Supreme Court granted motions to dismiss and/or for summary judgment made by various defendants and summarily dismissed the complaint as against all defendants pursuant to CPLR 3212 (b). Plaintiff now appeals and defendants Edward S. Lomanto, Patricia Sherman and Realty USA-Capital District Agency, Inc. cross-appeal insofar as Supreme Court's order failed to grant their requests for an award of sanctions and counsel fees.

We affirm. As the movants for summary judgment, defendants bear the initial burden of demonstrating their entitlement to judgment as a matter of law; only upon such showing does the burden shift to plaintiff to demonstrate the existence of a triable issue of fact (see Alvarez v Prospect Hosp., 68 NY2d 320, 324, 326 [1986]; Zuckerman v City of New York, 49 NY2d 557, 562 [1980]; Friends of Animals v Associated Fur Mfrs., 46 NY2d 1065, 1068 [1979]).[FN3] A claim [*3]of defamation requires proof that the defendant made "a false statement, published that statement to a third party without privilege, with fault measured by at least a negligence standard, and the statement caused special damages or constituted defamation per se" (Roche v Claverack Coop. Ins. Co., 59 AD3d 914, 916 [2009]; see Dillon v City of New York, 261 AD2d 34, 37-38 [1999]).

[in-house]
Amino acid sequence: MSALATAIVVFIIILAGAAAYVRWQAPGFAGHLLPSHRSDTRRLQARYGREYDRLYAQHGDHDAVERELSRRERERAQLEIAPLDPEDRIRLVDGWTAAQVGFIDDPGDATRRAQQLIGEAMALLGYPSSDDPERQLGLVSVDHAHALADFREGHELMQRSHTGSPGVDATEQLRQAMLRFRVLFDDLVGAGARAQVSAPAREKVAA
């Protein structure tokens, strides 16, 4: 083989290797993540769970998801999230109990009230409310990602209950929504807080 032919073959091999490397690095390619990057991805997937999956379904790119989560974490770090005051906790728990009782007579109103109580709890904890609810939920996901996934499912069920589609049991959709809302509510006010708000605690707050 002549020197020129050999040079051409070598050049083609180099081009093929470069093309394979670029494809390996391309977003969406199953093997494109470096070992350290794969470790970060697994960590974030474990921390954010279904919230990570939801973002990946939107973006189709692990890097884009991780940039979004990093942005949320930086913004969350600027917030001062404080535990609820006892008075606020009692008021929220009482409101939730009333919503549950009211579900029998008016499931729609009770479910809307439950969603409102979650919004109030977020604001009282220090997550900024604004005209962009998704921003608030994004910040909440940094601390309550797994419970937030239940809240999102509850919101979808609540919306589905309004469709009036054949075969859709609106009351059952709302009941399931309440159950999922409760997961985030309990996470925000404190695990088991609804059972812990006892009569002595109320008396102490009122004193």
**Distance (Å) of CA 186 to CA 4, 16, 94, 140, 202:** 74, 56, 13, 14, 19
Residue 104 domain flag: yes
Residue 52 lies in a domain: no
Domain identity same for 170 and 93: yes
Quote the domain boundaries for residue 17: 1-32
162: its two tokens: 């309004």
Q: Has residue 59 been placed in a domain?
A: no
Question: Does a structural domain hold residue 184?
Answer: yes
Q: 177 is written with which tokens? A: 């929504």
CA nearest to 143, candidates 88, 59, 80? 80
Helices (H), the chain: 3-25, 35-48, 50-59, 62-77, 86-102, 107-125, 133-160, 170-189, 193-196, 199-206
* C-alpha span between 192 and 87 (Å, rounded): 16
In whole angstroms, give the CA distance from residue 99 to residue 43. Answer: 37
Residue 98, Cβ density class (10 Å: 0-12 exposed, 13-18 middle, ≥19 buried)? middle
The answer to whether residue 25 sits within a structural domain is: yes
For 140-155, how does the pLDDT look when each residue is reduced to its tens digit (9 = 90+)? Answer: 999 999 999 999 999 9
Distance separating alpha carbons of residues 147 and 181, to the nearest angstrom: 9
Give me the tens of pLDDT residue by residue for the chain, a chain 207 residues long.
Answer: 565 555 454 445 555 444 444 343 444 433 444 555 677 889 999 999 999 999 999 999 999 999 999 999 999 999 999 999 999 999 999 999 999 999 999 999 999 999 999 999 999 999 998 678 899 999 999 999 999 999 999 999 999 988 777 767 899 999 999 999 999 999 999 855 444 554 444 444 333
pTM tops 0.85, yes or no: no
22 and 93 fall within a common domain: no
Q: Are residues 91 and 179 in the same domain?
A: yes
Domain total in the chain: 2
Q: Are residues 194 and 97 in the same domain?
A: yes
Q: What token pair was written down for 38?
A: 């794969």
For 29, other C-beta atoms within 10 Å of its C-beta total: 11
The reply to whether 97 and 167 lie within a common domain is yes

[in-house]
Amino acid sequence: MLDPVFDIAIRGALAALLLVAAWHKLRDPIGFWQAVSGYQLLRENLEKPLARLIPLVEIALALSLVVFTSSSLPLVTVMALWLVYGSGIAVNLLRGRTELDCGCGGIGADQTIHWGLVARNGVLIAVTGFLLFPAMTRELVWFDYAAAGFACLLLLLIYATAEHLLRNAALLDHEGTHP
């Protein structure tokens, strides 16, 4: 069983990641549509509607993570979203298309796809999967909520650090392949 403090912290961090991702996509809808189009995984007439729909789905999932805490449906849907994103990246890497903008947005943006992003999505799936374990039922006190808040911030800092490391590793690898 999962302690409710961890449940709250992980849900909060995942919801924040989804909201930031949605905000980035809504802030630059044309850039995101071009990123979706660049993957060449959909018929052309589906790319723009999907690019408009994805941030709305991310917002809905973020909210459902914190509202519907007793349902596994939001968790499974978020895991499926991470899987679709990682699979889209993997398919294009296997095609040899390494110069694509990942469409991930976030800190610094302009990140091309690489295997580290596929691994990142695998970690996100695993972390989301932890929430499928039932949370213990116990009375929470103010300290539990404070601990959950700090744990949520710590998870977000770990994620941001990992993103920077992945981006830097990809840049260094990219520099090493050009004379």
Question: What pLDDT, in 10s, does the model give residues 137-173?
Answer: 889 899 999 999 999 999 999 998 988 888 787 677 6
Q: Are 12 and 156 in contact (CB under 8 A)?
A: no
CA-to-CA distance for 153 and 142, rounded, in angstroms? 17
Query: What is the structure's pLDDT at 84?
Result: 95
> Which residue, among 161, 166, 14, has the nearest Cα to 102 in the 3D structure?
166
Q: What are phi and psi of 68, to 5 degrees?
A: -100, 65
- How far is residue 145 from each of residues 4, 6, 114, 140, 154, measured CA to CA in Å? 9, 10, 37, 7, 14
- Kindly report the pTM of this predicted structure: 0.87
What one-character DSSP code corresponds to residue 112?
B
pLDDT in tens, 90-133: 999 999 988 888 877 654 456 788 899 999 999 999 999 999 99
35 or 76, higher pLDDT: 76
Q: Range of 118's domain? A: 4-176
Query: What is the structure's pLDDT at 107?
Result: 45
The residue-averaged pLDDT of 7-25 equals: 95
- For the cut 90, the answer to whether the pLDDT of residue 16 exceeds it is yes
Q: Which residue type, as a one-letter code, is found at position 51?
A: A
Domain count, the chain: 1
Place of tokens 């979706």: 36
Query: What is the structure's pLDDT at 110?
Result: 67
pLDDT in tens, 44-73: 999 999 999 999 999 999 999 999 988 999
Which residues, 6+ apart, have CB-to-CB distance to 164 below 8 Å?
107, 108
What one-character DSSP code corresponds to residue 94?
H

Here, defendants do not deny making the statements in question. However, such statements are not actionable for a number of reasons. The majority of the statements made by defendants were statements of opinion and, therefore, are deemed to be privileged (see Mann v Abel, 10 NY3d 271, 276 [2008], cert denied 555 US —, 129 S Ct 1315 [2009]; Weiner v Doubleday & Co., 74 NY2d 586, 593 [1989], cert denied 495 US 930 [1990]; Versaci v Richie, 30 AD3d 648, 648 [2006], lv denied 7 NY3d 710 [2006]). Furthermore, plaintiff's name did not become part of any conversation with defendants unless and until Hills inquired about plaintiff's ethics and business methods. Only then did defendants make any comment with regard to plaintiff. To the extent the statements complained of were factual, they are subject to the complete defense that, because plaintiff hired Hills to garner what he had every reason to anticipate would be defamatory comments from defendants, he implicitly consented to the publication of such comments (see LeBreton v Weiss, 256 AD2d 47, 47 [1998]; Handlin v Burkhart, 220 AD2d 559, 559 [1995]; Park v Lewis, 139 AD2d 961, 962 [1988]). Notably, there is no proof of publication of defamatory statements by these defendants to any other persons.